The current economic crisis has forced some Nigerian dailies to cut staff strength in their newsrooms across the country, PREMIUM TIMES learnt weekend.
Sources in Leadership Newspaper in Abuja and The Punch in Lagos told PREMIUM TIMES the media giants recently let go of over a hundred journalists between them, citing rising cost of operation amidst a general economic downturn.
Nigeria’s economy slipped into recession late August after contracting for two consecutive quarters due to months of low crude prices.
Several businesses have closed shop or downsized as the economic situation continues.
Sources in The Punch said the paper, one of the largest employers in the industry, cut between 30 to 40 jobs within the past week.
A management source who confirmed the development to PREMIUM TIMES said some of the staff were dismissed following a staff performance appraisal.
“It’s true that they were dismissed, but not entirely because of the economic situation,” the official said. “We look at staff productivity like every year and those who didn’t meet up were many this year.”
A senior editorial staff said the company would soon engage new hands to replace those recently fired.
“I think we already have training and recruitment exercise underway,” the staff said. “Very soon, we should be able to employ a few replacements.”
Punch staff in Abuja, Lagos and elsewhere were affected by the exercise which another source said was the broadest for the company since 1998.
The cut was deeper in Leadership, where about 70 per cent of the company’s staff were either converted to freelance or furloughed.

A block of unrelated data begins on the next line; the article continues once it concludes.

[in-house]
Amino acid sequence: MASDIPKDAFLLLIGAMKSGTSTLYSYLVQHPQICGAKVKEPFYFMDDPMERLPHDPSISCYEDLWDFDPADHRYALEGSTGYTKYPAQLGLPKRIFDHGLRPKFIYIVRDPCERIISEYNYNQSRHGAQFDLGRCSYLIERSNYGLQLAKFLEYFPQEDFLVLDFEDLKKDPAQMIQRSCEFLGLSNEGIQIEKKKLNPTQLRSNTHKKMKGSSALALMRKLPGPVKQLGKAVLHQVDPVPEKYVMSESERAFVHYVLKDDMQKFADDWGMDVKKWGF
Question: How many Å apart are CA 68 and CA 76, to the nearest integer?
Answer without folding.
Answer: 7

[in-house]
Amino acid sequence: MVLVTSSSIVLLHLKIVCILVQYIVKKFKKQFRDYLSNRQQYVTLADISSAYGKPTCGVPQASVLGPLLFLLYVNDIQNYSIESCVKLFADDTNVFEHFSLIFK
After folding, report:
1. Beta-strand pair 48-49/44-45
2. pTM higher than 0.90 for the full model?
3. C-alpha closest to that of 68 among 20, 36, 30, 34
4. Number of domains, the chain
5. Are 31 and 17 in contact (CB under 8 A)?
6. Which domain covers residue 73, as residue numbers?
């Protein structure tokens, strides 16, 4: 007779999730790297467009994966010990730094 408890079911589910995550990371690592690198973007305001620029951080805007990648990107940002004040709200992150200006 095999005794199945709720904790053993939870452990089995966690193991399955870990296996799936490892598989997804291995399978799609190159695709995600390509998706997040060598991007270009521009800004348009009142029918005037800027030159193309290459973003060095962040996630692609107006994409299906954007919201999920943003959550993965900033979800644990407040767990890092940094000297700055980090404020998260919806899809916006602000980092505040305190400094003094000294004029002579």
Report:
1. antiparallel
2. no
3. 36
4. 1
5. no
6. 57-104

A reporter who was recently converted to freelance said the development marked the toughest time for his career, but, nonetheless, expressed optimism.
“There are many of my colleagues in other papers who have nothing t be hopeful for,” the reporter said. “So don’t assume I am being timid when I said mine is better than most.”
An editor in the paper said the changes had taken “a terrible effect on production.”
“I am an editor, but the sack made it difficult for me to make specific and timely demands from reporters,” the editor said. “I can’t ask them to go to this place and do that story within the deadline.”
Zipporah Tanko, Director of Human Capital at the newspaper, said the management received a recommendation to cut staff strength by 70 per cent but it found the conversion more expedient.
“Yes, it is true that we had to convert them to freelance, but this was even after a painstaking effort by the management,” Mrs. Tanko told PREMIUM TIMES Sunday. “The recommendation we got was to dismiss around 70 per cent of our staff and the management said that would be too draconian.”
“So what we did was to tell them to keep their beats and keep the company’s ID so they can still have a sense of belonging as a Leadership Newspaper family,” Mrs. Tanko said.
Mrs. Tanko said the paper has plans to reabsorb the reporters as full staff once the economic situation turned around.
“Their full employment status will be reconfirmed immediately we have a better economic environment and the company witnessed an improvement in its business.”
The Nigerian media has been experiencing crisis for several years with many media houses going years without paying reporters.